The basics

Scrum is an Agile framework for the iterative, incremental development of complex products, services and projects.


Scrum employs an empirical process—a process implementing regular inspections and adaptations—for the iterative, incremental development and delivery of products, service and projects. Scrum is the leading Agile method that was originally formalized for software development, but works well for any complex, innovative scope of work.


The Scrum Guide is the official Body of Knowledge for Scrum. It is maintained by Ken Schwaber and Jeff Sutherland, co-creators of Scrum. The current version of the Scrum Guide was released in November 2020. Scrum defines how to organize work in short cycles called Sprints, see Figure.

A Sprint’s duration is never more than four weeks and typically takes one to four weeks. Scrum defines following accountabilities within a Scrum Team:

•   ‘Product Owner’ is a one-person player role to connect consumers, stakeholders and Scrum Teams.

•   ‘Scrum Master’ is a one-person player role to assure that the rules of the game are known and understood.

•   ‘Developers’ is the team of people turning functions and solutions from the Product Backlog into Done Increments.


Scrum defines following activities to happen:

•   A Product Owner orders envisioned product functions and solutions in a Product Backlog.

•   At Sprint Planning, the Scrum Team discusses and selects the work from the Product Backlog deemed most needed and feasible for the Sprint in order to create an actionable work plan for that selection, the Sprint Backlog.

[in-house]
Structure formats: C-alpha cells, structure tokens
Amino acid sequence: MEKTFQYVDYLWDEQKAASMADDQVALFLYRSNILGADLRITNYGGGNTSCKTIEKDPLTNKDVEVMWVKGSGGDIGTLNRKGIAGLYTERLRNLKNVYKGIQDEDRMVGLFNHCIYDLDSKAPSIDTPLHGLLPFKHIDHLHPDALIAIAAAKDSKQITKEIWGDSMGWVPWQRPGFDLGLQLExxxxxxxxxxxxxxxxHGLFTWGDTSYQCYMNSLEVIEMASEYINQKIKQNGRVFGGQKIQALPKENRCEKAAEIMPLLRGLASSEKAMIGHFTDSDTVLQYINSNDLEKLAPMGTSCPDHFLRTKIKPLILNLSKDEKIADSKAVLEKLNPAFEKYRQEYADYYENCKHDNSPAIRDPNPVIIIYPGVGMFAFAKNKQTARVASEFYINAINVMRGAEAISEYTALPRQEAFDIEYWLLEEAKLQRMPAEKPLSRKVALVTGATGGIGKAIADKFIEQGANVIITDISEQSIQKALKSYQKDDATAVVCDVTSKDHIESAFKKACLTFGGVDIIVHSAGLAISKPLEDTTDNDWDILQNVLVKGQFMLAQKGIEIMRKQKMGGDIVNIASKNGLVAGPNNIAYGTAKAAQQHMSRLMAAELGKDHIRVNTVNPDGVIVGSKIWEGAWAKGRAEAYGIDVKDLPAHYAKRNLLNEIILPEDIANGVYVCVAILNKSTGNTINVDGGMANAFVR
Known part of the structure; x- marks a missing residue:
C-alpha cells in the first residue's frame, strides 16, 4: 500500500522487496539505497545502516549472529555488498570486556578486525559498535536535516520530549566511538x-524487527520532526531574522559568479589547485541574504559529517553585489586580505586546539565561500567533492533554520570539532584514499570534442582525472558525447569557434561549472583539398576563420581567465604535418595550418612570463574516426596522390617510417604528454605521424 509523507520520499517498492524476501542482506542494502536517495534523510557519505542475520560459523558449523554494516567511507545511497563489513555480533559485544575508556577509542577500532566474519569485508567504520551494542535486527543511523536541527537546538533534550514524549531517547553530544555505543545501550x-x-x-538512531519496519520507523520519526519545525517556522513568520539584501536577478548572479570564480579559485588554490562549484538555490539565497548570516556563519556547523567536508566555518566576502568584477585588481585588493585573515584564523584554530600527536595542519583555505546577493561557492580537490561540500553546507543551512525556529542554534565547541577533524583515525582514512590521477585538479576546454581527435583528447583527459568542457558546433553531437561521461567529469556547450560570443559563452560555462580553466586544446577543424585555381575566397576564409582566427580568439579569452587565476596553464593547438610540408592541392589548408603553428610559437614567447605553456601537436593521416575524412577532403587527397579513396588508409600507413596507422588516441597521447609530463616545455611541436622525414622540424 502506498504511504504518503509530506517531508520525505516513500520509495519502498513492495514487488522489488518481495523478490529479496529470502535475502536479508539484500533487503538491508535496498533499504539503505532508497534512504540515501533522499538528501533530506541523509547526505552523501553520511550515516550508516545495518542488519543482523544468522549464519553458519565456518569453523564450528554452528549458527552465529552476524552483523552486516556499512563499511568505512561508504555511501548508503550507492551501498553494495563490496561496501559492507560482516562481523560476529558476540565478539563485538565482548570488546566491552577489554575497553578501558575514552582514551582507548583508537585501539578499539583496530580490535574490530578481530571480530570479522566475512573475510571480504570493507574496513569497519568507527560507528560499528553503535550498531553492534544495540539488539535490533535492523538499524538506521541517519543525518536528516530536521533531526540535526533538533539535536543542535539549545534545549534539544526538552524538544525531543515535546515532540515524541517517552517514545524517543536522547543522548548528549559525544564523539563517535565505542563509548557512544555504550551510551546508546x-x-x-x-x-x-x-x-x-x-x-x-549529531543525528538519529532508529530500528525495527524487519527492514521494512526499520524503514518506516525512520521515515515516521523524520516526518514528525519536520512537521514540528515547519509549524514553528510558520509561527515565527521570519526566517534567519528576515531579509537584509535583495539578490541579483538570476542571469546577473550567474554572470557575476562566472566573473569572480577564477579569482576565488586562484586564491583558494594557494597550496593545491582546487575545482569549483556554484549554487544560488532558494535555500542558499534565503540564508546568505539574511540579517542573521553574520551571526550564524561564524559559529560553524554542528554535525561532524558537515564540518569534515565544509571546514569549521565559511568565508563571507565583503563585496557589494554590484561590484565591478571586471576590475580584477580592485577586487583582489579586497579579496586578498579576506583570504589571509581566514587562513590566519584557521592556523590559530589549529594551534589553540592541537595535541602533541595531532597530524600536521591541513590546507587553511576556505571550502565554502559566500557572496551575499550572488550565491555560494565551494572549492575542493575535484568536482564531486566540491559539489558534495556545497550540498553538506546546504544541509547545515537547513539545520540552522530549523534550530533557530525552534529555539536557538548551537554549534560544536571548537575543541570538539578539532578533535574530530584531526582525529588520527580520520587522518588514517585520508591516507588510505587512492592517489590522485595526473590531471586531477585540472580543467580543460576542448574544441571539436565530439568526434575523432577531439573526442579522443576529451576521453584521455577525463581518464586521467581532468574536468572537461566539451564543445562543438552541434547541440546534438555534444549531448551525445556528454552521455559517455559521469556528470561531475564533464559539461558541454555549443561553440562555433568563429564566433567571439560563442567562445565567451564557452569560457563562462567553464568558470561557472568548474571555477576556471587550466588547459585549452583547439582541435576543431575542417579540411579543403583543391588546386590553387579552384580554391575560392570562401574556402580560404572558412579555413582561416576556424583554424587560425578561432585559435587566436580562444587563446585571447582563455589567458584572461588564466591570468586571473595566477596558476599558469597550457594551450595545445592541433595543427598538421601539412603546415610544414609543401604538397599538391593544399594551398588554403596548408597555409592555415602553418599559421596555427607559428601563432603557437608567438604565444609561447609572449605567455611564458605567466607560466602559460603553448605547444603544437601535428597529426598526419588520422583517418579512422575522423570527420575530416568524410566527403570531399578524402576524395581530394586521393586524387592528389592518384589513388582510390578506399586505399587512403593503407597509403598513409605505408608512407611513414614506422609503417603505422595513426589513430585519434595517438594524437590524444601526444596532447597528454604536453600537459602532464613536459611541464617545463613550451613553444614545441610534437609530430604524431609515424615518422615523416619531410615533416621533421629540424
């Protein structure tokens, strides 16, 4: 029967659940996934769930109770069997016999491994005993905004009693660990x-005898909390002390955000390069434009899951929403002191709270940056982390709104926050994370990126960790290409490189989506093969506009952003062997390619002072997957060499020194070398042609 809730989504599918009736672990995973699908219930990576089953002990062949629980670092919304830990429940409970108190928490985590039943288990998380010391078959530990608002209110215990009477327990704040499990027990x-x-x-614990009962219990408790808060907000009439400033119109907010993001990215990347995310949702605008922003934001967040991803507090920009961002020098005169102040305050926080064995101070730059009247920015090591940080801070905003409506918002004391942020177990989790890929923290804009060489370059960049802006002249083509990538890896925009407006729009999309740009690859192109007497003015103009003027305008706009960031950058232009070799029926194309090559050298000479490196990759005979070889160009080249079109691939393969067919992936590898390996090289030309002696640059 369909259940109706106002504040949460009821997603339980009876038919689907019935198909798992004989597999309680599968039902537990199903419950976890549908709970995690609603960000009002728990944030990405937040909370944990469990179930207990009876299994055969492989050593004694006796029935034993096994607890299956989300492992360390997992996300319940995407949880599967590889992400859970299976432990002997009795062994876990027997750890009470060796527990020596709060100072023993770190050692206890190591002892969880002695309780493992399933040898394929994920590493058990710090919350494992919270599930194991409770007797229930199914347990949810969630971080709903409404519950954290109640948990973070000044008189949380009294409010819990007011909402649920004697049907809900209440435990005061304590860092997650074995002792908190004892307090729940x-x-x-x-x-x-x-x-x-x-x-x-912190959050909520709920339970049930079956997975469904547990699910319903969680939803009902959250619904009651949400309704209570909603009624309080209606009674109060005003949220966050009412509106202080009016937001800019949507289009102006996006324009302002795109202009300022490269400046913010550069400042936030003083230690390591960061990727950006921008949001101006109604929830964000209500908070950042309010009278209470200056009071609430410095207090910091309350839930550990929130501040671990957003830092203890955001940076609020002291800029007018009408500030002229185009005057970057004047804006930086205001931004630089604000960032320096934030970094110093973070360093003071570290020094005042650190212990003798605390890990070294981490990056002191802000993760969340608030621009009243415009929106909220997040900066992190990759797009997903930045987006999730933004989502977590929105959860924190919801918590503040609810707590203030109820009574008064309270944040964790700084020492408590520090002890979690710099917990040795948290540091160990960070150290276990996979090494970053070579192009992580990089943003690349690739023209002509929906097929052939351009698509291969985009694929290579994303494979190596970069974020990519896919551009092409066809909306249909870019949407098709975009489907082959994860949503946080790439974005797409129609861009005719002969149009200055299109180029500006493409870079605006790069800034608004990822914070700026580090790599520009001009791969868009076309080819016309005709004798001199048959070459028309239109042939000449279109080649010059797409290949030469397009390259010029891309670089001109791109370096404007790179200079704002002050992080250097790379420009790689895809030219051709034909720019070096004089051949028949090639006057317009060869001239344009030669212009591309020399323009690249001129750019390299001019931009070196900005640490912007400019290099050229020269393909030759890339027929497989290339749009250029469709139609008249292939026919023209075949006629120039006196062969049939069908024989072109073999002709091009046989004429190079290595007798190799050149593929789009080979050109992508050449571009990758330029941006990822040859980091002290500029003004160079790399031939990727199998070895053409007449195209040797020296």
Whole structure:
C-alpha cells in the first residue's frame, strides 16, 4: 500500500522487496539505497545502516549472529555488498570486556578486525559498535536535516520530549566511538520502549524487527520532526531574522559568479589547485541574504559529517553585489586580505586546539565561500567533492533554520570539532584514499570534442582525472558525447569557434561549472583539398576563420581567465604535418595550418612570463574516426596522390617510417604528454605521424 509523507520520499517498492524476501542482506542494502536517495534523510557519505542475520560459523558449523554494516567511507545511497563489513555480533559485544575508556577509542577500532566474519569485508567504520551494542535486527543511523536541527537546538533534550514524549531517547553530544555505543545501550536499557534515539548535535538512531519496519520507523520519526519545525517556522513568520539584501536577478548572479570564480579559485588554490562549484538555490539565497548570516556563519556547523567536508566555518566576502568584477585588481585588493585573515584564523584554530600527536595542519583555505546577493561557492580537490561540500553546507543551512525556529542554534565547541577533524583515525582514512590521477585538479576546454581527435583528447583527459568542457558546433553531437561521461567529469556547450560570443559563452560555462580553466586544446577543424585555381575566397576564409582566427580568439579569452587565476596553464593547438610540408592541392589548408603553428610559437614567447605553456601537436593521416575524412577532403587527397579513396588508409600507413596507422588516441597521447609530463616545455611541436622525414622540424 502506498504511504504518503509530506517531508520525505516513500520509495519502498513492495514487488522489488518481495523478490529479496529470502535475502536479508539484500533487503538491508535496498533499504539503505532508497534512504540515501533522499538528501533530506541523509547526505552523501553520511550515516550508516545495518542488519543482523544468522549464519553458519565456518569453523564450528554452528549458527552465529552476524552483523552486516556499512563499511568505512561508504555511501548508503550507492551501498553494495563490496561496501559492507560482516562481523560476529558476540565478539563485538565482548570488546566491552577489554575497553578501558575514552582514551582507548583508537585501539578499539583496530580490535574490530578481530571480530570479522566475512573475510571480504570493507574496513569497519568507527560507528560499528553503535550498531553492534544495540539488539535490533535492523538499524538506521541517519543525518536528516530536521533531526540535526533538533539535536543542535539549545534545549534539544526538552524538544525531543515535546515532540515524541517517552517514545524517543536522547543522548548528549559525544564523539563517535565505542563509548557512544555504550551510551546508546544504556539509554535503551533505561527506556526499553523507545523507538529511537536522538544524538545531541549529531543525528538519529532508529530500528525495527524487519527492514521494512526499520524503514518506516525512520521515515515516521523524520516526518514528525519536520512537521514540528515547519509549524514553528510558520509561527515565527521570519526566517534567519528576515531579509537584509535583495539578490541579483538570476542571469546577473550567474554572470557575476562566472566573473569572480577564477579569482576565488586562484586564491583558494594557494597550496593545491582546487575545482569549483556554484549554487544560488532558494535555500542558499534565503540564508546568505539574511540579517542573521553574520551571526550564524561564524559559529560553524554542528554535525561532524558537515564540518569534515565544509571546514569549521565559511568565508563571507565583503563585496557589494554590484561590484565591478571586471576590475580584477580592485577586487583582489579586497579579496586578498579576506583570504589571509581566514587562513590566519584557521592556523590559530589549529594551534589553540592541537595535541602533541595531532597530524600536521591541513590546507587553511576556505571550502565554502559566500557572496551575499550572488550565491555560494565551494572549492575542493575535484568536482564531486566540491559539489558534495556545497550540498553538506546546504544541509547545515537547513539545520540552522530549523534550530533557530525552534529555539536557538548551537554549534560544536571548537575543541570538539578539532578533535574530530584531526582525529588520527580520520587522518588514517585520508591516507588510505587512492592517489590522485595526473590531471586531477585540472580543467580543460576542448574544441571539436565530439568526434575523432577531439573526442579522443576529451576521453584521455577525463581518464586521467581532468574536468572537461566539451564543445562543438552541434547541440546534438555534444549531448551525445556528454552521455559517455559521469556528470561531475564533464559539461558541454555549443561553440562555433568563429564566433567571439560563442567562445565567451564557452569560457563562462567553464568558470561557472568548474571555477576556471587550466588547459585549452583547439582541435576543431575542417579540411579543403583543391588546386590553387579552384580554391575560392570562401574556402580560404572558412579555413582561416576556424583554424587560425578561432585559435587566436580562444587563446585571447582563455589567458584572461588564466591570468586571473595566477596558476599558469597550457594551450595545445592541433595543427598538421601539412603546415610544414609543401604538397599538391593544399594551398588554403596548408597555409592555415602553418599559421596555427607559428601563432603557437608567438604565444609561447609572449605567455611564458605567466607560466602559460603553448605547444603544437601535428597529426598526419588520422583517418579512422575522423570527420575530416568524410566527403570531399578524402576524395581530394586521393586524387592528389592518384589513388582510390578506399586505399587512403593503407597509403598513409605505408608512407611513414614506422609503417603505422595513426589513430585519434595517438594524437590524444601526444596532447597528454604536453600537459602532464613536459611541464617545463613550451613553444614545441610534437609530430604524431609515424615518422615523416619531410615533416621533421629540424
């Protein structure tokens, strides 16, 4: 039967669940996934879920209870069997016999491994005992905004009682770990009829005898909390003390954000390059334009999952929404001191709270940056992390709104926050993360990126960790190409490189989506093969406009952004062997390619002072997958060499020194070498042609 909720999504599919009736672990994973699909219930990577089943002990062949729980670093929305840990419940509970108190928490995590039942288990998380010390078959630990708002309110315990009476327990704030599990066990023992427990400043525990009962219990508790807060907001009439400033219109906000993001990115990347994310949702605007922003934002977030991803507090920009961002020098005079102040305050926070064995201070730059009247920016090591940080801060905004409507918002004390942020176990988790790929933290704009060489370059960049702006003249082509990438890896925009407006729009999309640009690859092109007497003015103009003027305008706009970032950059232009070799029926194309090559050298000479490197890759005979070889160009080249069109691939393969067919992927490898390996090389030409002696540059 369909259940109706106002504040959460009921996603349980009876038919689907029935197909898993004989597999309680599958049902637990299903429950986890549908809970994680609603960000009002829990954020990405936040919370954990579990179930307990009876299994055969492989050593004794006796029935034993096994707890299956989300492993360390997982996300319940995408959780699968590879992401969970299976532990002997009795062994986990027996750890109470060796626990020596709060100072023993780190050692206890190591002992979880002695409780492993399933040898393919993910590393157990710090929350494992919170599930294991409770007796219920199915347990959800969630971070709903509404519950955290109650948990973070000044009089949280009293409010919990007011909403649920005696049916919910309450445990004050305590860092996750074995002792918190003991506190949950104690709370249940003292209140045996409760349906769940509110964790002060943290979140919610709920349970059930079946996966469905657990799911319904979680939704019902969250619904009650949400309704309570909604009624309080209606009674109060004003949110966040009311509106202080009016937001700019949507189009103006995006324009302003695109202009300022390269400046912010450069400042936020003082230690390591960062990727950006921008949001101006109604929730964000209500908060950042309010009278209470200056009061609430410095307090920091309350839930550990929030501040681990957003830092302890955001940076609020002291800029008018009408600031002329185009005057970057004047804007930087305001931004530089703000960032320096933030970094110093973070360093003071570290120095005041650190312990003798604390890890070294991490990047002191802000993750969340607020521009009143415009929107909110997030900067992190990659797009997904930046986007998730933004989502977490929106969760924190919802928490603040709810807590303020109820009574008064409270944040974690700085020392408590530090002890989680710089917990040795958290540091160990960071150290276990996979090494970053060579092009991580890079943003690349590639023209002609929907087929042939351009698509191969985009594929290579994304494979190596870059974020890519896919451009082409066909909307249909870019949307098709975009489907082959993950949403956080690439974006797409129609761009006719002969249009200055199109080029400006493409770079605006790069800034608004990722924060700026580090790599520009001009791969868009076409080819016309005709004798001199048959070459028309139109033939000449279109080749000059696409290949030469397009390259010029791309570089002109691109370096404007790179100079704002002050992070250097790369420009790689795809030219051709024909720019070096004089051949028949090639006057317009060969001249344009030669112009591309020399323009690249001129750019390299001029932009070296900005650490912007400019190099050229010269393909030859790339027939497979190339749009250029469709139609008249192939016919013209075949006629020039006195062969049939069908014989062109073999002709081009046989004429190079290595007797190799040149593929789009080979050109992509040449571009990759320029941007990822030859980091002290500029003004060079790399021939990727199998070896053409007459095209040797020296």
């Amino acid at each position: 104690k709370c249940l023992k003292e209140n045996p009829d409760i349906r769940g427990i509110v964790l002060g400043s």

•   On a daily basis, at the Daily Scrum, the team of Developers discusses the progress toward the Sprint Goal in order to identify the most important upcoming Sprint work.

•   At the Sprint Review, the Scrum Team and its stakeholders discuss the Increment(s) produced in order to identify the most important work for the next Sprint(s).

•   At the Sprint Retrospective, the Scrum Team discusses how the current Sprint went in order to identify the envisioned way of working for the next Sprint.

The Scrum Master fosters and facilitates an environment where the above happens.

Target audience

Any member of a Scrum Team or anyone involved in the adoption of Scrum.

Scope and constraints

The scope of Scrum was originally intended for software development, but it is now also used for managing any kind of complex work.



•   Productivity increases (depending on team, experience, tools, environment, organizational impediments, etc.)

•   Minimized time-to-market via frequent releases

•   Continuous improvement and openness for changes

•   Improved relationships between teams, stakeholders and customers

•   Increasing engagement of co-workers


•   The need for automation and modern development tools, practices and environments

•   Does not work well if organizational culture emphasis individual specialization and performance over collaborative, cross-functional collaboration

•   Willingness to revise, add and improve work, management, people and organizational practices around Scrum.

•   The shift from managing individuals to managing the environment